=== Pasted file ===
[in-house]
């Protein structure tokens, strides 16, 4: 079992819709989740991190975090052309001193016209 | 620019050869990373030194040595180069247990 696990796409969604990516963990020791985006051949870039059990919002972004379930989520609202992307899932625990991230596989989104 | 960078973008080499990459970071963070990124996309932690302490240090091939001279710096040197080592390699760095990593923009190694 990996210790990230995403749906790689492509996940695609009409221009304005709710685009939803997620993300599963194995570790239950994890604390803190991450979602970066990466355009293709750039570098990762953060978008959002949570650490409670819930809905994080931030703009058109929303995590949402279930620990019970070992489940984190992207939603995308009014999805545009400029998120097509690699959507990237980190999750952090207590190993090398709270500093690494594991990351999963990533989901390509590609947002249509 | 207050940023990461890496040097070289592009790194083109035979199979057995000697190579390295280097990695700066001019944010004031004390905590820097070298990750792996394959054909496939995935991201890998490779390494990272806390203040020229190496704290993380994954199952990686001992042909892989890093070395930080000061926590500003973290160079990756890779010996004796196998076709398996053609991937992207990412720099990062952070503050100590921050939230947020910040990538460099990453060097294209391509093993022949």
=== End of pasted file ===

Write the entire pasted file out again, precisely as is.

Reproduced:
[in-house]
């Protein structure tokens, strides 16, 4: 079992819709989740991190975090052309001193016209 | 620019050869990373030194040595180069247990 696990796409969604990516963990020791985006051949870039059990919002972004379930989520609202992307899932625990991230596989989104 | 960078973008080499990459970071963070990124996309932690302490240090091939001279710096040197080592390699760095990593923009190694 990996210790990230995403749906790689492509996940695609009409221009304005709710685009939803997620993300599963194995570790239950994890604390803190991450979602970066990466355009293709750039570098990762953060978008959002949570650490409670819930809905994080931030703009058109929303995590949402279930620990019970070992489940984190992207939603995308009014999805545009400029998120097509690699959507990237980190999750952090207590190993090398709270500093690494594991990351999963990533989901390509590609947002249509 | 207050940023990461890496040097070289592009790194083109035979199979057995000697190579390295280097990695700066001019944010004031004390905590820097070298990750792996394959054909496939995935991201890998490779390494990272806390203040020229190496704290993380994954199952990686001992042909892989890093070395930080000061926590500003973290160079990756890779010996004796196998076709398996053609991937992207990412720099990062952070503050100590921050939230947020910040990538460099990453060097294209391509093993022949």